The House has put a crimp in the Interior Department's plans for increasing federal revenues, prohibiting it from imposing admission fees on national recreation areas, wild and scenic rivers and national trails.
The House also voted to eliminate 50-cent entrance fees at five national monuments and a national historic site, where it costs more to collect the fees than they bring in.
The bill, passed Tuesday, also would establish three new national trails, including a Potomac Heritage Trail from Pennsylvania to the Potomac River and along the river to the Chesapeake Bay. The Potomac trail proposal has been on the drawing boards for more than a decade.
In February Interior sent Congress a bill that would have allowed the department to increase users' fees in some park areas and impose them in areas where they are not now permitted, including the national recreation areas, trails and wild and scenic river system. (In the latter case, Interior envisioned establishing toll booths on access roads to the rivers.)
After some members sent up a howl because they said the legislation would have permitted new hunting and fishing fees, Secretary James G. Watt withdrew it, four days after it was introduced.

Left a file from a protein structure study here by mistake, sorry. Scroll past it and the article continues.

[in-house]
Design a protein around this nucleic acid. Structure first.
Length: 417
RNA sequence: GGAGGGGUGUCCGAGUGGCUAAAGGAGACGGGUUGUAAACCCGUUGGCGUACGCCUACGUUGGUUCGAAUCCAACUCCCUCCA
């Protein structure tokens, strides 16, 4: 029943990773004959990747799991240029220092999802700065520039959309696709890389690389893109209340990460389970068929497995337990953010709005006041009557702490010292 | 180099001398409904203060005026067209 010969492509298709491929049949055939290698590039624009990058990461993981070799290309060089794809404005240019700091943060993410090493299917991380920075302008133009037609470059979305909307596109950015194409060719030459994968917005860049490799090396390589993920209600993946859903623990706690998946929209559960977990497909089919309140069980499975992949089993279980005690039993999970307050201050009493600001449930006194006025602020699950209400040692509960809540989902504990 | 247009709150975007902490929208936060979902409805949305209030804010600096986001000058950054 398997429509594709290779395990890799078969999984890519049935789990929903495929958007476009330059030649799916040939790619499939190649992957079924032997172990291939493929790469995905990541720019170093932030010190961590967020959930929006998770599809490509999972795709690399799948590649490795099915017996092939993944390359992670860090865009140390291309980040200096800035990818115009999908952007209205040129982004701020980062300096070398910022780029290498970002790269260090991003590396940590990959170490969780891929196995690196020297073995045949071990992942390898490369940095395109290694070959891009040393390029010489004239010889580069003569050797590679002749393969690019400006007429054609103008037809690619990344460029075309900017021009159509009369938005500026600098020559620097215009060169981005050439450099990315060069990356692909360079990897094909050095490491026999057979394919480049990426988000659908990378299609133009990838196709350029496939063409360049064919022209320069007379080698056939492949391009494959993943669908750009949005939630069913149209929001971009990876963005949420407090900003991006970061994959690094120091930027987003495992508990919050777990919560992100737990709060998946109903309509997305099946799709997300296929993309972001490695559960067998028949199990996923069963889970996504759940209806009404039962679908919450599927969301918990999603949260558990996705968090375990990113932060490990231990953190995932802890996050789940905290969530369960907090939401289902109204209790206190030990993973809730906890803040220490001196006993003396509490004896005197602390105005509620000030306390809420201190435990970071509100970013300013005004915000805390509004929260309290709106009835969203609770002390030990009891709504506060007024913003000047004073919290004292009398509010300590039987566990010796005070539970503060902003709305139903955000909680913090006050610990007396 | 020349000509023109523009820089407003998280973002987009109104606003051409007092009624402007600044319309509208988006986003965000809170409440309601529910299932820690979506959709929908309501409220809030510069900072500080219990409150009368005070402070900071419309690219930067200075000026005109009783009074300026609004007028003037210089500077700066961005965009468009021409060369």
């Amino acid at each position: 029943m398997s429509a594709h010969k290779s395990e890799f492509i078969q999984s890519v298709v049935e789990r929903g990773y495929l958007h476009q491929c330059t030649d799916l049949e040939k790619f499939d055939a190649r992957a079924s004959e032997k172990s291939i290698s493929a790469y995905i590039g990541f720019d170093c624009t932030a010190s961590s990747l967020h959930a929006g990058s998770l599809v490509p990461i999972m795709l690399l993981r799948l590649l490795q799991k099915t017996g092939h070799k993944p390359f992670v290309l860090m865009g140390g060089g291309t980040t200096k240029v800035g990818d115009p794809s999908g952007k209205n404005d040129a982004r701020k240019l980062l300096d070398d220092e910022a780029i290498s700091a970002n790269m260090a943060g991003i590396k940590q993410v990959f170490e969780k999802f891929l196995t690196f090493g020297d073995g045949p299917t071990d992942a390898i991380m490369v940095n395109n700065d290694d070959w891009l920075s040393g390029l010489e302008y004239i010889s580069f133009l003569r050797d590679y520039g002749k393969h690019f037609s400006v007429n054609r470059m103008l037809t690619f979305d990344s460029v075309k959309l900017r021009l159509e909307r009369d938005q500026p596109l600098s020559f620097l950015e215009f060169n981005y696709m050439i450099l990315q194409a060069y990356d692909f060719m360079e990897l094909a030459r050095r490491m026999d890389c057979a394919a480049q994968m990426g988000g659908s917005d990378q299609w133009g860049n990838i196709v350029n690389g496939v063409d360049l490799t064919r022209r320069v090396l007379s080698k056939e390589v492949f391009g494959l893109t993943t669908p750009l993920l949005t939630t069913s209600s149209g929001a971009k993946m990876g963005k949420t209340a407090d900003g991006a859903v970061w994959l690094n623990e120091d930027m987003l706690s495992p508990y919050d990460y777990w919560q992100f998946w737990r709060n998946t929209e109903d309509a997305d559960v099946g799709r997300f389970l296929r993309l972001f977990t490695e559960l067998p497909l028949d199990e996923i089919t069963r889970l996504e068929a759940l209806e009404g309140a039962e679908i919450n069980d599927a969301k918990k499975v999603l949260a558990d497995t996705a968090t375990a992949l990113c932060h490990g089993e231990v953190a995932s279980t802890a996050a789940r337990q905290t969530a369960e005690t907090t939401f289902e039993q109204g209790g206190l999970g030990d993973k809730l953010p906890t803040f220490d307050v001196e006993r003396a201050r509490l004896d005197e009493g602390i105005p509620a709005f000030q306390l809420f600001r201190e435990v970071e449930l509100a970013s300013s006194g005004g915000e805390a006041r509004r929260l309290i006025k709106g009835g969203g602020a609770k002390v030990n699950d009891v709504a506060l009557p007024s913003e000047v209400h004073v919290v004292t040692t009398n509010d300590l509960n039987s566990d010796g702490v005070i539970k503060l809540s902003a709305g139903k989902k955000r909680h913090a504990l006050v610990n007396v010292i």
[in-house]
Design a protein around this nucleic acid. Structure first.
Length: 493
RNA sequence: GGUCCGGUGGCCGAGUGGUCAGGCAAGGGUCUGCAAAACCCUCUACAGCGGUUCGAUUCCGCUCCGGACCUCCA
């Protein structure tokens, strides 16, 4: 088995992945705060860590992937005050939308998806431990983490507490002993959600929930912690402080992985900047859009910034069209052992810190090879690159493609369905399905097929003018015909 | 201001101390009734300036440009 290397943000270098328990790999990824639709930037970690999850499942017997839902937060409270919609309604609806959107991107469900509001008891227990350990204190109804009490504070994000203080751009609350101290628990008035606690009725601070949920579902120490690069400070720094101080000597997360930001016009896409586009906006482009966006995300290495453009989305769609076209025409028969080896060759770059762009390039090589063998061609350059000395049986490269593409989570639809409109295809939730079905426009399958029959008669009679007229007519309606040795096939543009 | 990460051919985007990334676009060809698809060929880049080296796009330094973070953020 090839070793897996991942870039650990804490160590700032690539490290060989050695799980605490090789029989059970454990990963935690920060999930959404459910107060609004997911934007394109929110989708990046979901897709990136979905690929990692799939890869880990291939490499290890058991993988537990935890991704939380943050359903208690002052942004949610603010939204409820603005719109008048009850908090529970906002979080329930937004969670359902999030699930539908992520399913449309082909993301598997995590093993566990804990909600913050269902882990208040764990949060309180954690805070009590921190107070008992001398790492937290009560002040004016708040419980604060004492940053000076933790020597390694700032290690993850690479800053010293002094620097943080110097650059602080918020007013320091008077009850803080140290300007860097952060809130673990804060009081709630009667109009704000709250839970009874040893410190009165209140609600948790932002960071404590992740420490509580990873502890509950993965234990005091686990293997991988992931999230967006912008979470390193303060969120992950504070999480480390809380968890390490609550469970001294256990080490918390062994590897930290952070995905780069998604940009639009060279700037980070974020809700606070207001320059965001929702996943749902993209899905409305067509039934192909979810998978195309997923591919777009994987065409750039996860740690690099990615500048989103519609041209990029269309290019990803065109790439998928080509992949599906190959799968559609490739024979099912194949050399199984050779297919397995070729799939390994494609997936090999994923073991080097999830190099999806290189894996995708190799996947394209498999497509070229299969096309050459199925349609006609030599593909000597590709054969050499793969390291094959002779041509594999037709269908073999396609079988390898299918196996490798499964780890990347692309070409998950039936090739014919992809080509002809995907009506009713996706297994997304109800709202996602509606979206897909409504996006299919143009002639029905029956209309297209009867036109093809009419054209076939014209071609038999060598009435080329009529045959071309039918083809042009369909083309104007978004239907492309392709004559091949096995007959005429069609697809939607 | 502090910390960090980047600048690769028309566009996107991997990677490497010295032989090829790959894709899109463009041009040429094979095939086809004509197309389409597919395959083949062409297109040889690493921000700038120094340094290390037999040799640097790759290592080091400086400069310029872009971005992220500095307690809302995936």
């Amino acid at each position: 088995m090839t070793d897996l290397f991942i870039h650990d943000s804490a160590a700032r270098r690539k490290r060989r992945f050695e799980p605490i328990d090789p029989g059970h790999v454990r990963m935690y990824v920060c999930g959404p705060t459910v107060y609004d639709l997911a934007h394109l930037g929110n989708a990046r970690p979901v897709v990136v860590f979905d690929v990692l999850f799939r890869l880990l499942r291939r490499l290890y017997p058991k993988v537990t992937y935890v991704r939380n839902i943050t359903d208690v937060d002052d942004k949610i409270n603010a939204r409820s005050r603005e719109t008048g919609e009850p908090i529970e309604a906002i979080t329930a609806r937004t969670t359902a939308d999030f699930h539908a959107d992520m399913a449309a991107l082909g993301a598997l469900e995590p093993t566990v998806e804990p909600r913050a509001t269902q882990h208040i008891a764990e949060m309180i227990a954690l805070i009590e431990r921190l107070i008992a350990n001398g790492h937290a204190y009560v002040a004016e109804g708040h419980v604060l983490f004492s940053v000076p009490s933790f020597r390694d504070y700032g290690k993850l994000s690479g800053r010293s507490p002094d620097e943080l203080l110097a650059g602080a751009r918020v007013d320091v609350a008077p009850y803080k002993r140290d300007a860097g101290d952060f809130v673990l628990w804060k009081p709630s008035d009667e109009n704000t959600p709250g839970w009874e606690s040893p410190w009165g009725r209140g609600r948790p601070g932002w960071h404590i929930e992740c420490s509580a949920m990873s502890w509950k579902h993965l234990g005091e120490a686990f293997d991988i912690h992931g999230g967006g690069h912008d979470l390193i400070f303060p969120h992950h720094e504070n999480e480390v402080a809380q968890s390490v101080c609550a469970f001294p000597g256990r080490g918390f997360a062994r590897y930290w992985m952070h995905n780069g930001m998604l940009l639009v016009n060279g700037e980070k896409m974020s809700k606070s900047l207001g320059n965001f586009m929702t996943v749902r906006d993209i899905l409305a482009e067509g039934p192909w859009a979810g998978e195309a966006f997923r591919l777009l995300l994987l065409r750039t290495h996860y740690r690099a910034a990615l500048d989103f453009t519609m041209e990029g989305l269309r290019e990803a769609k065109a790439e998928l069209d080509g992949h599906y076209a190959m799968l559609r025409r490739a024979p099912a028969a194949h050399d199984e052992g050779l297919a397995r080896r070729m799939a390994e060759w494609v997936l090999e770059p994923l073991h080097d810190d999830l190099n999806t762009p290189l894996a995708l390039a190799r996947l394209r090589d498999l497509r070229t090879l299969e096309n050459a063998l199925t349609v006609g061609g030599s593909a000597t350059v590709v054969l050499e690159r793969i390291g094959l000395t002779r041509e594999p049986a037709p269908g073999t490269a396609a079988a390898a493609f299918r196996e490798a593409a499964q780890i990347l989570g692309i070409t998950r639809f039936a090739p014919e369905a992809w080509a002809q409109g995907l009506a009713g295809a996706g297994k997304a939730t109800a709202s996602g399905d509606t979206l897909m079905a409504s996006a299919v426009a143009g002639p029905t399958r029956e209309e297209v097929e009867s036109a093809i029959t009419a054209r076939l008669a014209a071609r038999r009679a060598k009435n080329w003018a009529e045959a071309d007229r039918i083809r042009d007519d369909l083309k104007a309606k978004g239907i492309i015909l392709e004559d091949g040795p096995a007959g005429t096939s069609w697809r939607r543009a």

The House vote was designed to tell Interior not to try again. "We have replicated a ban on entrance and admission fees to doubly underscore our unambiguous opposition to any such fees . . . ," said Rep. Phillip Burton (D-Calif.) during the debate. The bill now goes to the Senate.
William D. Bettenberg, deputy assistant secretary for budget, policy and administration, said last month that the department probably would not try to send up a users' fee bill again in this election year.
"There are no good signals from the Hill," he said. "There is a strong perception that it is a politicial liability to support increased park fees, and there is a fairly substantial sentiment for no fees."